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|Punu Tribe, Gabon|
Wooden masks whitened with kaolin have been observed among the Shira, Lumbo, Vuvi, Sango and Punu peoples in south and south central Gabon and southwestern Republic of the Congo since the late 19th century. Called mukudj and variant names according to geographical location (e.g., okuyi), the masks appeared in masquerades during funeral celebrations, when masked male dancers on stilts, concealed under fiber costumes, performed acrobatic feats. Contemporary Punu prominently display the masks in their homes as a sign of ethnic identity and wear mukudj masks made specially for performances that celebrate a number of events. The masks range from highly naturalistic to extremely abstract in style and are found in distinct geographical locations. The clear naturalism of this mask argues for a southern origin among the Punu. The mask itself represents the idealized image of feminine beauty. Arched eyebrows carved in low relief, narrow eye slits between convex lids, a short, finely formed nose, and a closed, pursed mouth characterize the sensitively modeled face, whose harmonious features exude serenity. The lips show evidence of paint, which has been applied and reapplied.
The white color, however, is genderless: it symbolizes the afterlife and the spirits of the dead. Punu society is matrilineal, and the Punu believe that the line of descent goes through the woman not the man. For this reason ‘female’ masks are of great importance, although of course the dancers who wear them are always men. The Punu live in independent villages divided in to clans and families and social cohesion in insured by a society, known as Moukouji, whose primary role is to subjugate harmful forest spirits. During ceremonies related to the society, small statues and masks appear which are often covered in white pigments, alluding to their anti-witchcraft functions.
|Location of Origin: Africa|
|Medium/Materials: wood, white kaolin pigment stain, red lacquer paint (lips)|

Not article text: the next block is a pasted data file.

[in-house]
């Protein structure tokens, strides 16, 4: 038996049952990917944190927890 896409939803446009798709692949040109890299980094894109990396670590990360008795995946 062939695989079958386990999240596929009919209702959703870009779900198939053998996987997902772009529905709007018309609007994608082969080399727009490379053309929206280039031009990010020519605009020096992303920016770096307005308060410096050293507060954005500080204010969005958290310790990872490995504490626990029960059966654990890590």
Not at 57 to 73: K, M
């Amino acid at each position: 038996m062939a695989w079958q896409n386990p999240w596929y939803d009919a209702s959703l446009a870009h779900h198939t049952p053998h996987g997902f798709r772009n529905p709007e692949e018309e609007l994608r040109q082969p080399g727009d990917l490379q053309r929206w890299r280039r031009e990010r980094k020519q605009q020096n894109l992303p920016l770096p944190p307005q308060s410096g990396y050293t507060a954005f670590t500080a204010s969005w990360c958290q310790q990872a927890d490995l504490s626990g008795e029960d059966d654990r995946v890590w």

|Dimensions: 13” (33 cm) (h) x 7.5” (19 cm)(w) x 3.5” (8.8 cm)(d)|
|Primary Classification: African Artwork, Ethnographic & Tribal Arts : African Art|
|Condition: excellent, natural wear and signs of natural encrustation and shine from human handling|
Literature:Amrouche (Pierre), "Un masque Mukuye Punu du sud-Gabon", in: La Revue. Le magazine de Pierre Bergé & Associés, Brussels, No.10, Mars 2007
Bolz (Ingeborg), "Zur Kunst in Gabon", in: Ethnologica, Neue Folge, Band 3, Koln, 1966
Falgayrettes-Leveau (Christiane), "Les masques", in: "Gabon présence des esprits", Musée Dapper, Paris, France, 2006
Fourquet (André), "Chefs d'Oeuvre de l'Afrique: les masques Pounou", in: L'Oeil. Revue d'Art, no.321, April 1982
Gabon Vivante. Minestere de l'information et du tourisme de la republique gabonaise, 1966
Perrois (Louis), "Arts du Gabon, Arts d'Afrique Noire. Les Plastiques du Bassin de l'Ogooue", Arnouville: Arts d'Afrique Noire, 1979
Perrois (Louis) & Grand-Dufay (Charlotte), "Punu", Milan: 5 Continents Editions, 2008
Literature: Deschamps (Hubert): "Traditions orales et archives au Gabon", Paris 1962
|Provenance: Ex. Sotheby's – November, 1997 - Important Tribal Art, New York Lot 30, Ex. Collection Berndt Helleberg, Sweden|
|Price:||Item has been sold.|
|Offered By:||Items may still be available - Please contact The Curator's Eye for more information|
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